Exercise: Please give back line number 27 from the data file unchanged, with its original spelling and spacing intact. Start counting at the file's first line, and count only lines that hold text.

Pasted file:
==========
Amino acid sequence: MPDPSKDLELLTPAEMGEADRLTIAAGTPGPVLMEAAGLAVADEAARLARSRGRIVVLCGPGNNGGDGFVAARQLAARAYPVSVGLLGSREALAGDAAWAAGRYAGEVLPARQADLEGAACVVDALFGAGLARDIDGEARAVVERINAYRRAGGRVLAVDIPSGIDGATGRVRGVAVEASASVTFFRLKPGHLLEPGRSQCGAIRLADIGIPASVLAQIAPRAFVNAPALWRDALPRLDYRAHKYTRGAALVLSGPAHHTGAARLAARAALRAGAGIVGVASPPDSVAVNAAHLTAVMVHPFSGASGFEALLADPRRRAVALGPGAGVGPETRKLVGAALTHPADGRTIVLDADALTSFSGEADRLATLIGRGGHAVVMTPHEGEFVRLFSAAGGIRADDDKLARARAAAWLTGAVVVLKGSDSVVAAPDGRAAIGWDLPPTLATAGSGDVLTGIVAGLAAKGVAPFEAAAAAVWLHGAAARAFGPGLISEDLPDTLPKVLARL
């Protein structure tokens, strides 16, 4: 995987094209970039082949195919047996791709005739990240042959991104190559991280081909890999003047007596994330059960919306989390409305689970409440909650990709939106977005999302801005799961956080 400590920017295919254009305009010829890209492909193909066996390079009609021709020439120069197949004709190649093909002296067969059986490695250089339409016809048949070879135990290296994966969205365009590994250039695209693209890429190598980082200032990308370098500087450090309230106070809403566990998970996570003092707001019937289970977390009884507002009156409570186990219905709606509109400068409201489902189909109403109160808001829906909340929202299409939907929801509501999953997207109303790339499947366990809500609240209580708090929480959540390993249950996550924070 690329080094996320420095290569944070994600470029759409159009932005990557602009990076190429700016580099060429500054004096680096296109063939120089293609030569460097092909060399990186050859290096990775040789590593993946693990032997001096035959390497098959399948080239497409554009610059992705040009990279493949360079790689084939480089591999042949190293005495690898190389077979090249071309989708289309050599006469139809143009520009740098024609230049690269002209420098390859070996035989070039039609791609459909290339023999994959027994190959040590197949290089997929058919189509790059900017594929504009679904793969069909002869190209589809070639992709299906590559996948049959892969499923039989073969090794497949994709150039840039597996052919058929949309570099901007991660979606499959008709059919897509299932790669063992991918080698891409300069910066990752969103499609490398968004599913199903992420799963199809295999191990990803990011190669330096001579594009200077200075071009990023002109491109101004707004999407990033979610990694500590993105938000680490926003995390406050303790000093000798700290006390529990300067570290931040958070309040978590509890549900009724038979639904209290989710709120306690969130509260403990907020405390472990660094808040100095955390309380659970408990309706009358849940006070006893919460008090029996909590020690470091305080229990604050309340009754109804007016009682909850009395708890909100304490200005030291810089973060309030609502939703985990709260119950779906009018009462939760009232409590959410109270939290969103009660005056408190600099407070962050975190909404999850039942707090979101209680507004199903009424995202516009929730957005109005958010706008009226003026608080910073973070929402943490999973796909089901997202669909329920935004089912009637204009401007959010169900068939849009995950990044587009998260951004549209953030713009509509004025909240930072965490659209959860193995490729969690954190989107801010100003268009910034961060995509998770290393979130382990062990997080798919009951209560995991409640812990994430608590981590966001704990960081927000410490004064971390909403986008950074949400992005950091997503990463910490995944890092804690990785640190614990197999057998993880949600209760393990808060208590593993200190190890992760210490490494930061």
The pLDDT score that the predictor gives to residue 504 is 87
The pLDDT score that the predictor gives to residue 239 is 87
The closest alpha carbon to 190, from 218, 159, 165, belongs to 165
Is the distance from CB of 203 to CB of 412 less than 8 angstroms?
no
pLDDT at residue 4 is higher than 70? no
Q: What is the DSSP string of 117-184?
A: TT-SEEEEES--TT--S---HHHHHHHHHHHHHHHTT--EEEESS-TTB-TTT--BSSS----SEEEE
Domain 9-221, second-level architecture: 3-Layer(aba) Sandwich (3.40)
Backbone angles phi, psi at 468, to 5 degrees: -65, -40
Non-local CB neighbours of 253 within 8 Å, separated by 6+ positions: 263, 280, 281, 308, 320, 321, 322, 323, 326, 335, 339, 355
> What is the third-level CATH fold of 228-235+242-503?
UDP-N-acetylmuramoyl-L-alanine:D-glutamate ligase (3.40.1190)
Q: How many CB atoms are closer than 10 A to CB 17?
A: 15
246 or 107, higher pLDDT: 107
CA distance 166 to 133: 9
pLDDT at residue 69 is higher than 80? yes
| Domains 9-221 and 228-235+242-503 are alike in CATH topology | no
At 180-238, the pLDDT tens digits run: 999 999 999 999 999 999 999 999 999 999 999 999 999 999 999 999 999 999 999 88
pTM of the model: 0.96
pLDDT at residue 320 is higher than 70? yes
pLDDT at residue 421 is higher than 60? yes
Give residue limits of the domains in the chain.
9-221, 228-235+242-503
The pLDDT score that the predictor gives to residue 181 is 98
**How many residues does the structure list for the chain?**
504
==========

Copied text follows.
9-221, 228-235+242-503